Web Design 101: Programming Languages

Have you ever wondered how websites are built or are your technical skills limited to being able to upload a picture in Facebook? If you have never designed or developed a website before, the process can be pretty intimidating. However, creating a website from scratch can be simple and easy. Learning to code is just like learning to speak a foreign language – programming language.

Programming language may seem like you are trying to learn Greek or Mandarin but as you make the effort to learn, you will be able to translate several words in due time. When a web designer is given a goal to create a website with the necessary color, font, pictures, headers and an animated cartoon character, the job of the web designer is to take the big idea and break it into smaller pieces. These pieces will be translated into instructions that a computer will understand meaning that the instructions should be proper syntax or correct order.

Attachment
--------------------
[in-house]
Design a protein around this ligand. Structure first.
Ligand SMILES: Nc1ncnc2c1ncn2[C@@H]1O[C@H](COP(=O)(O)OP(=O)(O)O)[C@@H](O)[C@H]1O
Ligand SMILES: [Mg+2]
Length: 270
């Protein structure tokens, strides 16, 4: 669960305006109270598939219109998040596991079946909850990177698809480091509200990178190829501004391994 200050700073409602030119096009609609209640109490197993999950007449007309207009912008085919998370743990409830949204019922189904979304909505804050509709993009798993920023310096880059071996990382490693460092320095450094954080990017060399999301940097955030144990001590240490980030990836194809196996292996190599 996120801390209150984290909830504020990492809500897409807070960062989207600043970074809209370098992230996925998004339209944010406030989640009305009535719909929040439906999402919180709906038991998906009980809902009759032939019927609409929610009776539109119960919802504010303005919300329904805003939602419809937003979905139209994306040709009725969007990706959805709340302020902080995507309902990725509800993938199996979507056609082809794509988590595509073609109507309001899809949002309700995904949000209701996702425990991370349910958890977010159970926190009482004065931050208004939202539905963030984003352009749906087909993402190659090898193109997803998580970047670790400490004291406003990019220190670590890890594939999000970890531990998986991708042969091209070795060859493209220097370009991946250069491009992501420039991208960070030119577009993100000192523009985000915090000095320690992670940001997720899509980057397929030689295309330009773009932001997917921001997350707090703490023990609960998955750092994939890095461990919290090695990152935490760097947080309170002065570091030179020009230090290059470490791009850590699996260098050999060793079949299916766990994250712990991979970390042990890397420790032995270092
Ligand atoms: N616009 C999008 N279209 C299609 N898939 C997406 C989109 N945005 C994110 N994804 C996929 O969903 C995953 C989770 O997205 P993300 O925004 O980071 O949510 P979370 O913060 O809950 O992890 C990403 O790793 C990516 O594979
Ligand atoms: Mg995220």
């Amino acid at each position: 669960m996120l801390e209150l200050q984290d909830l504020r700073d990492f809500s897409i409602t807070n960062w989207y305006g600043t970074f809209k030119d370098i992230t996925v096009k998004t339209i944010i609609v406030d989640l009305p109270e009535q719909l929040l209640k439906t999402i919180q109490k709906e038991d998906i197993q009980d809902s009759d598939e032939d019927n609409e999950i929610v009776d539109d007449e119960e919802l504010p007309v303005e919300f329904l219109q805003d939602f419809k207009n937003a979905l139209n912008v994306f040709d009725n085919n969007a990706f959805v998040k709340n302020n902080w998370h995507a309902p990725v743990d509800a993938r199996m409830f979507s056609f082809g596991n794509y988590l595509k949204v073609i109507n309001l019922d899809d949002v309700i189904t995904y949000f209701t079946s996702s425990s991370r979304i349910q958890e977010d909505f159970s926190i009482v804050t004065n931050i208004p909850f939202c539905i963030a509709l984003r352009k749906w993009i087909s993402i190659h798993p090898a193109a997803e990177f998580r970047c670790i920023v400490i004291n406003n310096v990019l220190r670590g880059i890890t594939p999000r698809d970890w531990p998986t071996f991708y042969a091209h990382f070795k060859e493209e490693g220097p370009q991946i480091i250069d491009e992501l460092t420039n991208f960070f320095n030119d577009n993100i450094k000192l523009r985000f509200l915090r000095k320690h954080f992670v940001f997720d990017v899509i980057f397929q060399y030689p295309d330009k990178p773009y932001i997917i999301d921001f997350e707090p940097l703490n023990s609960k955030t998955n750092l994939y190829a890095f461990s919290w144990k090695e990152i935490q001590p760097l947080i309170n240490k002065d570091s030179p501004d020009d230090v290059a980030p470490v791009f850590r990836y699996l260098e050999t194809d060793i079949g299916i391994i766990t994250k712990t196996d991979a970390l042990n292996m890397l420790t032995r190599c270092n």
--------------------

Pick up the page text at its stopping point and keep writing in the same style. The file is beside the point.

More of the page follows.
Every page of the website that you will visit is built through a sequence of separate instructions that are arranged one after the other. The type of browser that you are using whether it is Chrome, Firefox or Safari plays a big role in translating code into something that we see onscreen and interact with. A code without a browser is just like a text file but once it is placed on the browser it works like magic. When a web page is opened, the browser fetches the HTML and other programming languages that are involved and interprets it.

HTML and CSS are not actually programming languages but page structure and style information. It is very important for a web developer to have proper knowledge of HTML and CSS before moving on to JavaScript and other programming languages because they are used on the front end of every web page and application.

HTML used to be the only language that was available on the web for website development. Web developers then has to painstakingly code sites page by page but a lot has changed with the introduction of several programming languages like JavaScript.